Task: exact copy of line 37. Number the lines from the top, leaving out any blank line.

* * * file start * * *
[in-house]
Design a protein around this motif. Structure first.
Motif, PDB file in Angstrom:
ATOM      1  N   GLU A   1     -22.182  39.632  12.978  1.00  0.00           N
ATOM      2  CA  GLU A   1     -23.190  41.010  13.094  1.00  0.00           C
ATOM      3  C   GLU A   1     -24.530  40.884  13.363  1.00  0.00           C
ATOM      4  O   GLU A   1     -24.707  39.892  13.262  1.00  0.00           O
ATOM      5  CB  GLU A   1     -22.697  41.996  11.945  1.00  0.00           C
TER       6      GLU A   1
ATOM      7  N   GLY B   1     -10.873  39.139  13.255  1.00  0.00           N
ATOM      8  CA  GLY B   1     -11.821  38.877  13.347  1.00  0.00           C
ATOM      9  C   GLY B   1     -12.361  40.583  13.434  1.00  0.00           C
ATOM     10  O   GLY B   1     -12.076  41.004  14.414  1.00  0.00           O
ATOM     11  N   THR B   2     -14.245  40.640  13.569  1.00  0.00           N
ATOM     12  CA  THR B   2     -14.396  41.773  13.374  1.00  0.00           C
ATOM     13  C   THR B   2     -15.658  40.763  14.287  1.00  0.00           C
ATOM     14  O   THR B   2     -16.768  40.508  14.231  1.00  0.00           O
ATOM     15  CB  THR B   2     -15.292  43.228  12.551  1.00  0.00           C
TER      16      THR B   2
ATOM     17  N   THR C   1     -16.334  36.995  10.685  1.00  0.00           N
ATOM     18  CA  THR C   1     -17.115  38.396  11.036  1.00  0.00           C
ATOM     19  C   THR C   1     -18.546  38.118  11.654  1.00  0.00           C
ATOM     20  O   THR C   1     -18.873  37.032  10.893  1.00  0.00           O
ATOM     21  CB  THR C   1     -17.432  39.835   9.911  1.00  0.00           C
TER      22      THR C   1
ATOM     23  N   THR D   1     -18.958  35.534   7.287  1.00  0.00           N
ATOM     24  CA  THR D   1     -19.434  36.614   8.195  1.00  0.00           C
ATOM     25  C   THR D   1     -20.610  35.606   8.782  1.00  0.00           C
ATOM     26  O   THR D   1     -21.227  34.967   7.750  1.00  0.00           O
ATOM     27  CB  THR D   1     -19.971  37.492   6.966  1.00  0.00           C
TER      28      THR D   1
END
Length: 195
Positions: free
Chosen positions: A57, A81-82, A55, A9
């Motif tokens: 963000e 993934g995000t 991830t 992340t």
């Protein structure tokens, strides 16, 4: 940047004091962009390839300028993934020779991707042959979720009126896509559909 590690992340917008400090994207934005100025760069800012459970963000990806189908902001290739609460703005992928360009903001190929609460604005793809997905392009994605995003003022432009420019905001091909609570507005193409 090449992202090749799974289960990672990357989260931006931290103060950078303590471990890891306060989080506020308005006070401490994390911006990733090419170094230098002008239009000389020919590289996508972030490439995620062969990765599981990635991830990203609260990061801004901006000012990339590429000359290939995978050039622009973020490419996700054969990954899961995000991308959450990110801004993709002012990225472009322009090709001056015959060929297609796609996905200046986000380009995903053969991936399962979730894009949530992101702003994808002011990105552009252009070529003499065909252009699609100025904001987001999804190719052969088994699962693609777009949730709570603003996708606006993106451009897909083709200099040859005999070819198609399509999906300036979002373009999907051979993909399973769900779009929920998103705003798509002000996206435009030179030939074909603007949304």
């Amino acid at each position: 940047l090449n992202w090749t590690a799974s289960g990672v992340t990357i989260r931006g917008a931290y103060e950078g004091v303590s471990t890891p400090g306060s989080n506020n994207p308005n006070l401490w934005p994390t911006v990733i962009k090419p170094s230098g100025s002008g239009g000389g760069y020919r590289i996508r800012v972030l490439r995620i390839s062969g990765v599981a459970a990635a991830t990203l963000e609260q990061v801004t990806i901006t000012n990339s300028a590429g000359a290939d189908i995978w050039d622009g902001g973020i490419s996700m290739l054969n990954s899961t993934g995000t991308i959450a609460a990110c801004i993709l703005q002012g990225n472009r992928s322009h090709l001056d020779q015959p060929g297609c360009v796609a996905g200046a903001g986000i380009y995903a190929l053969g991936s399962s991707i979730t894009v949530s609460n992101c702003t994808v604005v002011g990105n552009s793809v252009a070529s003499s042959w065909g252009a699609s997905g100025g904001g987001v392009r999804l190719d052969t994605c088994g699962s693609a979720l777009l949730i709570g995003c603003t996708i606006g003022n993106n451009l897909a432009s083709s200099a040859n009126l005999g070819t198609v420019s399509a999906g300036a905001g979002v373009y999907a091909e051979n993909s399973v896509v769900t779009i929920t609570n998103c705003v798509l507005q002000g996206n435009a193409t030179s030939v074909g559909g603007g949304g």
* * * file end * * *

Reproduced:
């Protein structure tokens, strides 16, 4: 940047004091962009390839300028993934020779991707042959979720009126896509559909 590690992340917008400090994207934005100025760069800012459970963000990806189908902001290739609460703005992928360009903001190929609460604005793809997905392009994605995003003022432009420019905001091909609570507005193409 090449992202090749799974289960990672990357989260931006931290103060950078303590471990890891306060989080506020308005006070401490994390911006990733090419170094230098002008239009000389020919590289996508972030490439995620062969990765599981990635991830990203609260990061801004901006000012990339590429000359290939995978050039622009973020490419996700054969990954899961995000991308959450990110801004993709002012990225472009322009090709001056015959060929297609796609996905200046986000380009995903053969991936399962979730894009949530992101702003994808002011990105552009252009070529003499065909252009699609100025904001987001999804190719052969088994699962693609777009949730709570603003996708606006993106451009897909083709200099040859005999070819198609399509999906300036979002373009999907051979993909399973769900779009929920998103705003798509002000996206435009030179030939074909603007949304």